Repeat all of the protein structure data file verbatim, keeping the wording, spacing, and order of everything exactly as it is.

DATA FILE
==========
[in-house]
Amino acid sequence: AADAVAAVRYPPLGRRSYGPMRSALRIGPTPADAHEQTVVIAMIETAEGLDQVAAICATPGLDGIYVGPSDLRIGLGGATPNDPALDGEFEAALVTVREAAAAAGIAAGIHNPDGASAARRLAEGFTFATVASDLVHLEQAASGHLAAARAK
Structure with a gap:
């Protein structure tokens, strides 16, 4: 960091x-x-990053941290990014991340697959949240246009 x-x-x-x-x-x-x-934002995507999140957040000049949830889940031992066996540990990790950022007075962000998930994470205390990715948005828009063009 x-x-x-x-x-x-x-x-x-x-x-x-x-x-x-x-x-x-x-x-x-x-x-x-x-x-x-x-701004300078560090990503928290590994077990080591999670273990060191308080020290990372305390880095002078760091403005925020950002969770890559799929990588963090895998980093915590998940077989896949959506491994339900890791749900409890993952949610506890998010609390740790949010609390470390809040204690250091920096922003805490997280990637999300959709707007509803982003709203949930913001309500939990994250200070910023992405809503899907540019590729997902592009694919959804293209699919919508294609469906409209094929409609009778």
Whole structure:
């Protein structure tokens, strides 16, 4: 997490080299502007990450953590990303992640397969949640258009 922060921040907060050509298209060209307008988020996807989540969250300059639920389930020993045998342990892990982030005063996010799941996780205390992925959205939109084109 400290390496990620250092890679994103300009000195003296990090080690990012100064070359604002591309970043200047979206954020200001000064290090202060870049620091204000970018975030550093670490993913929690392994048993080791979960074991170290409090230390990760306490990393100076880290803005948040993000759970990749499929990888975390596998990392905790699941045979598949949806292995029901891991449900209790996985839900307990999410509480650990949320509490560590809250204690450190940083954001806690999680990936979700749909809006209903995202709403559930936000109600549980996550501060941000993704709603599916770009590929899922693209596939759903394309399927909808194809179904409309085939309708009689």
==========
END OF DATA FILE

[in-house]
Amino acid sequence: AADAVAAVRYPPLGRRSYGPMRSALRIGPTPADAHEQTVVIAMIETAEGLDQVAAICATPGLDGIYVGPSDLRIGLGGATPNDPALDGEFEAALVTVREAAAAAGIAAGIHNPDGASAARRLAEGFTFATVASDLVHLEQAASGHLAAARAK
Structure with a gap:
């Protein structure tokens, strides 16, 4: 960091x-x-990053941290990014991340697959949240246009 x-x-x-x-x-x-x-934002995507999140957040000049949830889940031992066996540990990790950022007075962000998930994470205390990715948005828009063009 x-x-x-x-x-x-x-x-x-x-x-x-x-x-x-x-x-x-x-x-x-x-x-x-x-x-x-x-701004300078560090990503928290590994077990080591999670273990060191308080020290990372305390880095002078760091403005925020950002969770890559799929990588963090895998980093915590998940077989896949959506491994339900890791749900409890993952949610506890998010609390740790949010609390470390809040204690250091920096922003805490997280990637999300959709707007509803982003709203949930913001309500939990994250200070910023992405809503899907540019590729997902592009694919959804293209699919919508294609469906409209094929409609009778």
Whole structure:
């Protein structure tokens, strides 16, 4: 997490080299502007990450953590990303992640397969949640258009 922060921040907060050509298209060209307008988020996807989540969250300059639920389930020993045998342990892990982030005063996010799941996780205390992925959205939109084109 400290390496990620250092890679994103300009000195003296990090080690990012100064070359604002591309970043200047979206954020200001000064290090202060870049620091204000970018975030550093670490993913929690392994048993080791979960074991170290409090230390990760306490990393100076880290803005948040993000759970990749499929990888975390596998990392905790699941045979598949949806292995029901891991449900209790996985839900307990999410509480650990949320509490560590809250204690450190940083954001806690999680990936979700749909809006209903995202709403559930936000109600549980996550501060941000993704709603599916770009590929899922693209596939759903394309399927909808194809179904409309085939309708009689």